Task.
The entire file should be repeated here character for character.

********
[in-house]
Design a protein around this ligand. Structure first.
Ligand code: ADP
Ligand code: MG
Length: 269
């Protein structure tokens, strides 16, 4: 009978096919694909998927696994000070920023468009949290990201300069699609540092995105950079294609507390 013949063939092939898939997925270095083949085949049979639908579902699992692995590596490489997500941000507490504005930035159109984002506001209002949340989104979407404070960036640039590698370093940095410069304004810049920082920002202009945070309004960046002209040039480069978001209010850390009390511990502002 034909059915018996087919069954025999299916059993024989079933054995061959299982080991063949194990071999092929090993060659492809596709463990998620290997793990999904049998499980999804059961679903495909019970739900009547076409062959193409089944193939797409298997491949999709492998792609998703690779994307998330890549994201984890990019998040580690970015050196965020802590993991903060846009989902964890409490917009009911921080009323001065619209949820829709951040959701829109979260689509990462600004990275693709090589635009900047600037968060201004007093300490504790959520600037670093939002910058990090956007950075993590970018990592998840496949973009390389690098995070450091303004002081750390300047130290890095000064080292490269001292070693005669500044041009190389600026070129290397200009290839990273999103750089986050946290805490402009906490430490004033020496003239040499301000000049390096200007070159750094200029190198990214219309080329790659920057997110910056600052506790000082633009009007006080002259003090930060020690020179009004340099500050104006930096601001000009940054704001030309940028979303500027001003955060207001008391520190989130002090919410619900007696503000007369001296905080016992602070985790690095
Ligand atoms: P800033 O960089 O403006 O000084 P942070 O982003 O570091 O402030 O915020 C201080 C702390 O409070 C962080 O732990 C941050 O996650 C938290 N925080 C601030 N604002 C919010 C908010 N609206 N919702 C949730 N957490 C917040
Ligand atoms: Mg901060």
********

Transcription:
[in-house]
Design a protein around this ligand. Structure first.
Ligand code: ADP
Ligand code: MG
Length: 269
């Protein structure tokens, strides 16, 4: 009978096919694909998927696994000070920023468009949290990201300069699609540092995105950079294609507390 013949063939092939898939997925270095083949085949049979639908579902699992692995590596490489997500941000507490504005930035159109984002506001209002949340989104979407404070960036640039590698370093940095410069304004810049920082920002202009945070309004960046002209040039480069978001209010850390009390511990502002 034909059915018996087919069954025999299916059993024989079933054995061959299982080991063949194990071999092929090993060659492809596709463990998620290997793990999904049998499980999804059961679903495909019970739900009547076409062959193409089944193939797409298997491949999709492998792609998703690779994307998330890549994201984890990019998040580690970015050196965020802590993991903060846009989902964890409490917009009911921080009323001065619209949820829709951040959701829109979260689509990462600004990275693709090589635009900047600037968060201004007093300490504790959520600037670093939002910058990090956007950075993590970018990592998840496949973009390389690098995070450091303004002081750390300047130290890095000064080292490269001292070693005669500044041009190389600026070129290397200009290839990273999103750089986050946290805490402009906490430490004033020496003239040499301000000049390096200007070159750094200029190198990214219309080329790659920057997110910056600052506790000082633009009007006080002259003090930060020690020179009004340099500050104006930096601001000009940054704001030309940028979303500027001003955060207001008391520190989130002090919410619900007696503000007369001296905080016992602070985790690095
Ligand atoms: P800033 O960089 O403006 O000084 P942070 O982003 O570091 O402030 O915020 C201080 C702390 O409070 C962080 O732990 C941050 O996650 C938290 N925080 C601030 N604002 C919010 C908010 N609206 N919702 C949730 N957490 C917040
Ligand atoms: Mg901060």